What I would like the minister to do is to give me a bit more detail than he provided in his opening comments about where that seeming reduction of $4-plus million actually is being applied so that I can follow the money through the Estimates Book.
MR. GLAVINE: That money that was traditionally allocated to primary care is now shifted from districts into the IWK and the Nova Scotia Health Authority. That money is simply a transfer in terms of the new one Nova Scotia Health Authority budget.
MS. MACDONALD: This allows the new authority to be a little more agile than the department was in working out arrangements with physicians, et cetera, in reconfiguring, let's say, primary care delivery in a particular area. Is that how I would understand this?
MR. GLAVINE: As the former Minister of Health and Wellness knows, it was during her time in office that these collaborative health teams really started to be formed across the province. This is money that was in the department that now the Nova Scotia Health Authority will have available for the development and formation of these teams across the province. We always know that in some cases there was recruitment that will have to go on to fill out these teams. The next centres are now being identified for the new collaborative medical practices in the province.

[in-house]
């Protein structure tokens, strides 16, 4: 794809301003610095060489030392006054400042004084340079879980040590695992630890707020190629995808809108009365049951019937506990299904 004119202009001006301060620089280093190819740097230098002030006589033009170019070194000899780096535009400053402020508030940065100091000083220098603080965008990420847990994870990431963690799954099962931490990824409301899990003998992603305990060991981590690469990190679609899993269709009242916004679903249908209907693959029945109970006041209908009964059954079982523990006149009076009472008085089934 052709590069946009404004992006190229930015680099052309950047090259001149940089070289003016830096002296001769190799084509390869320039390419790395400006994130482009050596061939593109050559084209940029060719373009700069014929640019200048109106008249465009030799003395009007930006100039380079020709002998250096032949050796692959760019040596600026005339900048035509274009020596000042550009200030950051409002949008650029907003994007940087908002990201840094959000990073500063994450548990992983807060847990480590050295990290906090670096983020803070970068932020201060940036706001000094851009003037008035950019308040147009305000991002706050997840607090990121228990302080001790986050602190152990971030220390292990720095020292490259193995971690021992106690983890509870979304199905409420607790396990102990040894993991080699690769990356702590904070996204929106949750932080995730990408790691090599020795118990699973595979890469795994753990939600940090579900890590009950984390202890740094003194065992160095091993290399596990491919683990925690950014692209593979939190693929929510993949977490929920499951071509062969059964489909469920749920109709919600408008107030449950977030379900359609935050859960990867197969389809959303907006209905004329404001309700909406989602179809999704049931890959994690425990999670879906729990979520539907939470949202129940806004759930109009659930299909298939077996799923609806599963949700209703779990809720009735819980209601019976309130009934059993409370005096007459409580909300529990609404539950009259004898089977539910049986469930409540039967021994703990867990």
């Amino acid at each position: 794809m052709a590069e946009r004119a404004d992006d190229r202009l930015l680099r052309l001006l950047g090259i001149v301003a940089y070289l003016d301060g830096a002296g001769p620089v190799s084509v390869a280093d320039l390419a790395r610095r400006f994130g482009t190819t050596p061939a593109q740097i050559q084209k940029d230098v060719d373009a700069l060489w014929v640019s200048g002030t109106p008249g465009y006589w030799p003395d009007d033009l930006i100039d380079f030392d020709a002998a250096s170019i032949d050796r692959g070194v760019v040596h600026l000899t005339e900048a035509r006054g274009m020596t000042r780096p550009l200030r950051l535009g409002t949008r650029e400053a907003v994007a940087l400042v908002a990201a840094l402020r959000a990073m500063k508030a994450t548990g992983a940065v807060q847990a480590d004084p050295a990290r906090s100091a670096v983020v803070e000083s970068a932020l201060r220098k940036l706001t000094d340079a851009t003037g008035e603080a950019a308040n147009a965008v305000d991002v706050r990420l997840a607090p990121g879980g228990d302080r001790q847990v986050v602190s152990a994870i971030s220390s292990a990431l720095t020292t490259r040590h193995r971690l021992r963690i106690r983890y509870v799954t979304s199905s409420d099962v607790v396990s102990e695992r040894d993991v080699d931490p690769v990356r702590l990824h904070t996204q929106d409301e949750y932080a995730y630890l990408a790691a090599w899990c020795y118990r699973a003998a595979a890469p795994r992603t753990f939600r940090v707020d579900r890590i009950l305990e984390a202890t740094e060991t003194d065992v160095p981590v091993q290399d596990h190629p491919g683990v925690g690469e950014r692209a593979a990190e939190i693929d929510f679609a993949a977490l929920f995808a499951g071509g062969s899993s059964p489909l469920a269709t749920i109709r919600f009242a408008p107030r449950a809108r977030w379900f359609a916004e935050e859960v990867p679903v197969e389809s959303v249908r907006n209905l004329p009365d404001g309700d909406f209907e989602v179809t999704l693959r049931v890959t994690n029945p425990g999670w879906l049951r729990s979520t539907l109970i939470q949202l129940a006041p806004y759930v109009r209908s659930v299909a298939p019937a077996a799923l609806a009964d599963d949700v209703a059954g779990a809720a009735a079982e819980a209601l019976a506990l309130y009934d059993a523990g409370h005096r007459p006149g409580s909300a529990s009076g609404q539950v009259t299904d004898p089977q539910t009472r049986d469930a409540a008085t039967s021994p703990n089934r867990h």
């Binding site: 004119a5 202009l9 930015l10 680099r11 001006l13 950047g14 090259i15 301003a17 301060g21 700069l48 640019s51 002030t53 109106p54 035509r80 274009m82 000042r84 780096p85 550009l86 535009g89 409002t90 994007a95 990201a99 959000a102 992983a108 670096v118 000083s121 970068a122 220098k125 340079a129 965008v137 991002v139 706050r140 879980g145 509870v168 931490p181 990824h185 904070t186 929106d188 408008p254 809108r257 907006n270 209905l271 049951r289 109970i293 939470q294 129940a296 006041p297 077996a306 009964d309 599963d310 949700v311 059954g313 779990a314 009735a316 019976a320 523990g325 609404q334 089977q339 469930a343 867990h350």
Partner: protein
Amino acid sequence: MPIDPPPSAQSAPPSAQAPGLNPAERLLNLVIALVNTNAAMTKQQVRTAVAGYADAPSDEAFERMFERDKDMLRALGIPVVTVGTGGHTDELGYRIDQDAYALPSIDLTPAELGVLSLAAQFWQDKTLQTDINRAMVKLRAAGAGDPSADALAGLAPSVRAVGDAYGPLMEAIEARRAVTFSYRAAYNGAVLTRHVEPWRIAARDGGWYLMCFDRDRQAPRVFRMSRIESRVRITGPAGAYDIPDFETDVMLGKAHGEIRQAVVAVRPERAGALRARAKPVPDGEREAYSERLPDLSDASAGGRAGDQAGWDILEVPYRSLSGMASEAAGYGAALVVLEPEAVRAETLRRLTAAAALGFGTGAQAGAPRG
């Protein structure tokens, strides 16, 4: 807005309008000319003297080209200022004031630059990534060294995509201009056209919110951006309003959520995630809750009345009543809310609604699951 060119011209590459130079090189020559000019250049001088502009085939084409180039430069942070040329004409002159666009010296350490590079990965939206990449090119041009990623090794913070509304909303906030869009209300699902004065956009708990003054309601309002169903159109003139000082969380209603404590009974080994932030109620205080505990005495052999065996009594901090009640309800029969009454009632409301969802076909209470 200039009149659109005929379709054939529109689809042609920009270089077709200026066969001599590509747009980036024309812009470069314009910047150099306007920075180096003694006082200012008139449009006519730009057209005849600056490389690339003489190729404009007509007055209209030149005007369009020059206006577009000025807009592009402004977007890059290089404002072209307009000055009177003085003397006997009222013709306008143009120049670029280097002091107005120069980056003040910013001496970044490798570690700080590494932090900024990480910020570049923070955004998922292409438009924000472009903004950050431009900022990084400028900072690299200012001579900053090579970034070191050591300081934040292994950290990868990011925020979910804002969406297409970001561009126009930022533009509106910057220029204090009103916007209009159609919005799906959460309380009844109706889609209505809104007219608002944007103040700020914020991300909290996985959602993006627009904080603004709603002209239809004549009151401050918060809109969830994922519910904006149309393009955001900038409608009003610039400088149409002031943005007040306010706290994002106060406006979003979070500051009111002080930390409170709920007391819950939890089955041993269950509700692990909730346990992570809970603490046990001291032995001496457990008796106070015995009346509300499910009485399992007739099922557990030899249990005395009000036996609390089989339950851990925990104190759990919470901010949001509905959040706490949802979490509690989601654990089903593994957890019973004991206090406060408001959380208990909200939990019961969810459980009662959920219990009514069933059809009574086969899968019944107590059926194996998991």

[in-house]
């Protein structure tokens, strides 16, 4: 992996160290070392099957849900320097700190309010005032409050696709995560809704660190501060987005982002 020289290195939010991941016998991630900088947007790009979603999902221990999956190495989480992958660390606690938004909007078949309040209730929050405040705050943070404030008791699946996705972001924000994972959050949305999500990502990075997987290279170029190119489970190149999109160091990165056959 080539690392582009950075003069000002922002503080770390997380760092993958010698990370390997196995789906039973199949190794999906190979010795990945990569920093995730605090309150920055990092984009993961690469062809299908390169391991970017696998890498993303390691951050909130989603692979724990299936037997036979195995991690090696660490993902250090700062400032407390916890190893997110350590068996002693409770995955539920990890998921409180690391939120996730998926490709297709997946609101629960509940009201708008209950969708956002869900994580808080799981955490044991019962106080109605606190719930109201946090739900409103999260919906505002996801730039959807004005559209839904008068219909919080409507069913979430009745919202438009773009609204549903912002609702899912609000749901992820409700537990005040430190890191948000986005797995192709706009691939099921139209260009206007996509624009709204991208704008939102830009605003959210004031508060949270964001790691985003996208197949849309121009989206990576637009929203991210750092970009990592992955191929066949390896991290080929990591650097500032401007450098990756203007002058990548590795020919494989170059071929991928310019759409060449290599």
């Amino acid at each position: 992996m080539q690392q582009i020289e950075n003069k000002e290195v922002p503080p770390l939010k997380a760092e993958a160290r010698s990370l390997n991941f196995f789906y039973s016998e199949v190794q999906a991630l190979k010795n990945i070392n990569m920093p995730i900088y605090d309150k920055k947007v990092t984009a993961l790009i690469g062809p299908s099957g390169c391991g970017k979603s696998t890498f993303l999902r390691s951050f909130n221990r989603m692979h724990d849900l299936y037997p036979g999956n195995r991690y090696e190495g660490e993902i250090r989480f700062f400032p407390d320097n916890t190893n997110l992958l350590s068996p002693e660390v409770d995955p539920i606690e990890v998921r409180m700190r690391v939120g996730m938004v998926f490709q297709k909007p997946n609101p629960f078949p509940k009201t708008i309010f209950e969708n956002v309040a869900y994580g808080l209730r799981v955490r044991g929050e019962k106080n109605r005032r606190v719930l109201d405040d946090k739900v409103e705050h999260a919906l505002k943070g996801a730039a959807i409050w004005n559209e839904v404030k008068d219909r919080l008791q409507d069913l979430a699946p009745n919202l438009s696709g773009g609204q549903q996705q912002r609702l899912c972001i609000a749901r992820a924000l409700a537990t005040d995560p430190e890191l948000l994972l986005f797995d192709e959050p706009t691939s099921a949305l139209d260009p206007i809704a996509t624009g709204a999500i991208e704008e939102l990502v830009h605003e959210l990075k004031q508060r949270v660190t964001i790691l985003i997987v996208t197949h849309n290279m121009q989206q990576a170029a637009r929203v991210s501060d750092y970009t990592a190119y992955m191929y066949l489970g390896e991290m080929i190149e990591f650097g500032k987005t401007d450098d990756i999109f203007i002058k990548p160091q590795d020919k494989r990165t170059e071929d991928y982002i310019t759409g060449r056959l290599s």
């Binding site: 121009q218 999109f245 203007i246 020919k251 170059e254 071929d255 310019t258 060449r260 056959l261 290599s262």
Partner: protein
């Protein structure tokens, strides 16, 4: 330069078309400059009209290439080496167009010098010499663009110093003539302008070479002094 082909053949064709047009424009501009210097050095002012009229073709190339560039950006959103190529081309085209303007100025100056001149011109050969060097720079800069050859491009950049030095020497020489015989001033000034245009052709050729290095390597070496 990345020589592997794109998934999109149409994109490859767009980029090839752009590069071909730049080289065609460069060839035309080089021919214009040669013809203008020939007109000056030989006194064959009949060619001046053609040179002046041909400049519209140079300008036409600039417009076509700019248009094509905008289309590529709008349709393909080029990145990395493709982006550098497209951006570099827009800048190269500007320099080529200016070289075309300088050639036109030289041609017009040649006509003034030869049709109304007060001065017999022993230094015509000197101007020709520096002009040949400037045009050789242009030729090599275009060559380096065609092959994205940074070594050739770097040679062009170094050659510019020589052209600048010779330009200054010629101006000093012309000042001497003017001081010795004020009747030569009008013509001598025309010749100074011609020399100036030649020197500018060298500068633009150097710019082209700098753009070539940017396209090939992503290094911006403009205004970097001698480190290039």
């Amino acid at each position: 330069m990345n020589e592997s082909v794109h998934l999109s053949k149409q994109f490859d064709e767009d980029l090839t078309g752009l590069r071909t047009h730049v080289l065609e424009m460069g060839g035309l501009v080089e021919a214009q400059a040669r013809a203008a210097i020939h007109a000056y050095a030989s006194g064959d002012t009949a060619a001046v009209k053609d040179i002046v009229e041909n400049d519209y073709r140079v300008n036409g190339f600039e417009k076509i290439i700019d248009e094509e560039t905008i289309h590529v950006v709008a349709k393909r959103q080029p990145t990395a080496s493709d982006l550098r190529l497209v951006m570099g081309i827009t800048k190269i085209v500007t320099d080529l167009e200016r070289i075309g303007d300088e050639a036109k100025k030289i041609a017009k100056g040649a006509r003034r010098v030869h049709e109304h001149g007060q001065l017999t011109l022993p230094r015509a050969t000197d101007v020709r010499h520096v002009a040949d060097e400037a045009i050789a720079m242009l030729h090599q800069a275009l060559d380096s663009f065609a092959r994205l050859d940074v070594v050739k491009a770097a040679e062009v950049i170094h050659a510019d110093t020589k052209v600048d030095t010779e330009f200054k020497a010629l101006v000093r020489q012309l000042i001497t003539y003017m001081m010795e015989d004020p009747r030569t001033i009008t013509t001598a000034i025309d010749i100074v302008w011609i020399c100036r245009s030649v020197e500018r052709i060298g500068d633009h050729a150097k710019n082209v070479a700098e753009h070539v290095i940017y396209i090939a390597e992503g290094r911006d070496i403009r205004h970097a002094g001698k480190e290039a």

MS. MACDONALD: I want to ask the minister, this money is earmarked for primary care, it has to be used for primary care, it can't be taken into some other area of expenditure in the new authority, is that correct?
MR. GLAVINE: As we know, one of the areas of focus for the new Nova Scotia Health Authority is to make sure that these teams that have developed can be expanded to include another clinical person, a new site - we have a number of sites that are currently in development. I think of the site at Digby, which is currently being finished and getting ready for occupancy. This is just part of the total amount and it can be found on Page 14.14; Page 14.14 of the Estimates Book will give the total primary health care dollars.
MS. MACDONALD: I'm going to turn the rest of my time over to my colleague. I want to thank the minister and his staff.
MR. CHAIRMAN: The honourable member for Sackville-Cobequid.
HON. DAVID WILSON: I want to continue on with Page 14.2 under the Department of Health and Wellness in the budget document around Programs. I want to go to Pharmaceutical Services. Under Pharmaceutical Services, we notice when you go into the details that there is actually a decrease of $3.5 million for Seniors' Pharmacare. I'm wondering if the minister could explain why that decrease is seen for the Seniors' Pharmacare line item.